I hope you’ll give serious consideration to giving the virtuous circle a turn, doing the green thing, and serving divorce papers against the machine that’s costing you £100 a month or more just by rusting away in the street.

The more people there are who rely on car-sharing in a given area, the more cars will be available, and the more attractive it will be to join in. I must confess that it is taking longer than I expected for this change to come about, and for the thousands of little-used, ageing vehicles to start disappearing from our clogged-up streets. Reader, I hope you will give serious consideration to giving the virtuous circle a turn, doing the green thing, and serving divorce papers against the machine that’s costing you £100 a month or more just by rusting away in the street.

Co-Wheels: car-sharing in Headington, Oxford and all over the UK

If you’re thinking you’d like to go car-free but are worried about the occasional journeys which just can’t be made by bike, bus, taxi or train, Headington is well-served by Co-Wheels, a pay-as-you-go car hire scheme. Hannah Kirby gives us the low-down...

White Co-Wheels vehicle parked in a designated car club bay
Co-Wheels parking bay on All Saints Road

We’ve been making use of Co-Wheels since we ditched our family car last year and would encourage others to try it out to see if it works for them.

You’ve probably seen them dotted around on your travels, in parking bays in the following locations (as at August 2021):

  • Oxford Brookes University car park on Gipsy Lane (Toyota Yaris Hybrid)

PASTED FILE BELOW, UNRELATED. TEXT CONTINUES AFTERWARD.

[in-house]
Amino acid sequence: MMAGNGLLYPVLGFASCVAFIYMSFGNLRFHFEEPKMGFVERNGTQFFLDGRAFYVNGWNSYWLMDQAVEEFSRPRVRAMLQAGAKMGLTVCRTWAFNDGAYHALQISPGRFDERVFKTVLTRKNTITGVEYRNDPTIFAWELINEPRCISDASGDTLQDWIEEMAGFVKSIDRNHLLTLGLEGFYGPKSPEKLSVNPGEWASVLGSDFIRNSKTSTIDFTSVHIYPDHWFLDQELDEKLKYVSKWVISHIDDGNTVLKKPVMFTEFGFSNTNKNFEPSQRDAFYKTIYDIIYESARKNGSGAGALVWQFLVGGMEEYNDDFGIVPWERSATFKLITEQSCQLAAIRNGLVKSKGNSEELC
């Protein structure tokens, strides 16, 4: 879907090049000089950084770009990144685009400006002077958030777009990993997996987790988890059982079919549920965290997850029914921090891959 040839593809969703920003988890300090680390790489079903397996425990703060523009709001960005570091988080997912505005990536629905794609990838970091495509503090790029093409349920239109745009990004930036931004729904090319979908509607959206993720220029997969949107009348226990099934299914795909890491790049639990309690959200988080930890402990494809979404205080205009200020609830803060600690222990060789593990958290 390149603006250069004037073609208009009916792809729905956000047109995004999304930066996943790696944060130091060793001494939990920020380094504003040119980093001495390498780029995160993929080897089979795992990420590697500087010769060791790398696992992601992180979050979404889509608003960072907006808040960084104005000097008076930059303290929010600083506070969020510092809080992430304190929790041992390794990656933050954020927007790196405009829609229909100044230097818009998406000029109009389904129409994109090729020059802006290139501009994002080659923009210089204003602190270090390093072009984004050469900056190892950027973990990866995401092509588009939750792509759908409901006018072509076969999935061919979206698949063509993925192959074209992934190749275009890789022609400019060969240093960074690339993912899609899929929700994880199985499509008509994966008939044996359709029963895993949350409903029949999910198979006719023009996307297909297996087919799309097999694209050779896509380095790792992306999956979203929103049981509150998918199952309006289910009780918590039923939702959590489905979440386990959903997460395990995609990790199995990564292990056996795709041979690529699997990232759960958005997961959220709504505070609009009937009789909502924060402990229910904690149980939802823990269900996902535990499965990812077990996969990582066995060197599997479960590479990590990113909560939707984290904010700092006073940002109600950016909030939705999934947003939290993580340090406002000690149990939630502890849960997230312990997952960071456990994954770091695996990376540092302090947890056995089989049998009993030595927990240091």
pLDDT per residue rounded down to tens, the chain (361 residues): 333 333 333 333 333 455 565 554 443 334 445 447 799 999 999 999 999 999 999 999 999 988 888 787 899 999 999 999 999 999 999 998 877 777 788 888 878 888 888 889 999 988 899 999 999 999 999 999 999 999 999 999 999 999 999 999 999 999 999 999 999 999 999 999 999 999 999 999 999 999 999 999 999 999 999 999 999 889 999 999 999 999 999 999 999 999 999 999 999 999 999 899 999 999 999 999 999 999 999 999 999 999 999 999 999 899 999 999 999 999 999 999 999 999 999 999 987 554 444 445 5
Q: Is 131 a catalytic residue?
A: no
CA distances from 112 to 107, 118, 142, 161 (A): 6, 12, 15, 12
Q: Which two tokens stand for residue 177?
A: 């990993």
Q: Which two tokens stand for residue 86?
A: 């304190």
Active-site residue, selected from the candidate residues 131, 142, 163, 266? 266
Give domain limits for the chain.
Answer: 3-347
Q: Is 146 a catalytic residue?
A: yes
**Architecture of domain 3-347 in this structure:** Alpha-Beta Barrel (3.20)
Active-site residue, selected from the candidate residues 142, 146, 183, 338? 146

• All Saints Road (near the bottom of Latimer Road) (Toyota Corolla Estate)
  • St Leonards Road (in the car park) (Toyota Corolla Estate)
  • York Road (near Margaret Road) (Toyota Corolla Estate Hybrid)
  • Quarry Road (near Mark Road) (Mini One Classic 2)
  • Palmer Road (Wood Farm) (Toyota Yaris Hybrid)

The way it works is:

  • You become a member of the Co-Wheels car club online and receive a smartcard that you use to access Co-Wheels cars.
  • When you want to use a car, you search on the Co-Wheels website for an available car and book it.
  • At your booking time, you pick up the car from its parking bay, using the key card to access the car.
  • When you’ve finished using the car, you drop it back at the same parking bay you picked it up from.

You can book the cars for periods of anything from half an hour to days at a time.  Payment is by the hour, and that covers tax, insurance, petrol bills and all other costs.

A key difference from traditional car rental companies is that Co-Wheels cars are available 24/7 on-street, with no need to pick up and return keys during the rental company’s office hours and no minimum rental periods or restrictions on the days you can collect/return the car.

Most of the cars are hybrid or electric, causing less environmental and health damage than petrol or diesel cars – meaning that you get to drive a ‘cleaner’ car than you might be able to afford to buy.

Because Co-Wheels is nationwide, it’s also possible to use the cars in other UK towns and cities you travel to by train or bus for holidays, family visits or work trips etc.

We’ve found going car-free to be financially and mentally liberating – saving significant amounts of money and no longer having to worry about MOTs, servicing, insurance, finding a parking space, things going wrong with the car and general driving-induced stress.

Obviously, this option isn’t available to everyone due to personal circumstances such as caring responsibilities, disability and work journeys that are difficult or impossible by public transport or active travel.  But for people who are thinking about going car-free, car clubs like Co-Wheels might just be the thing that makes it possible.

See the Co-Wheels website for further information.

Title image by SHARE NOW on Unsplash; Co-Wheels image by Hannah Kirby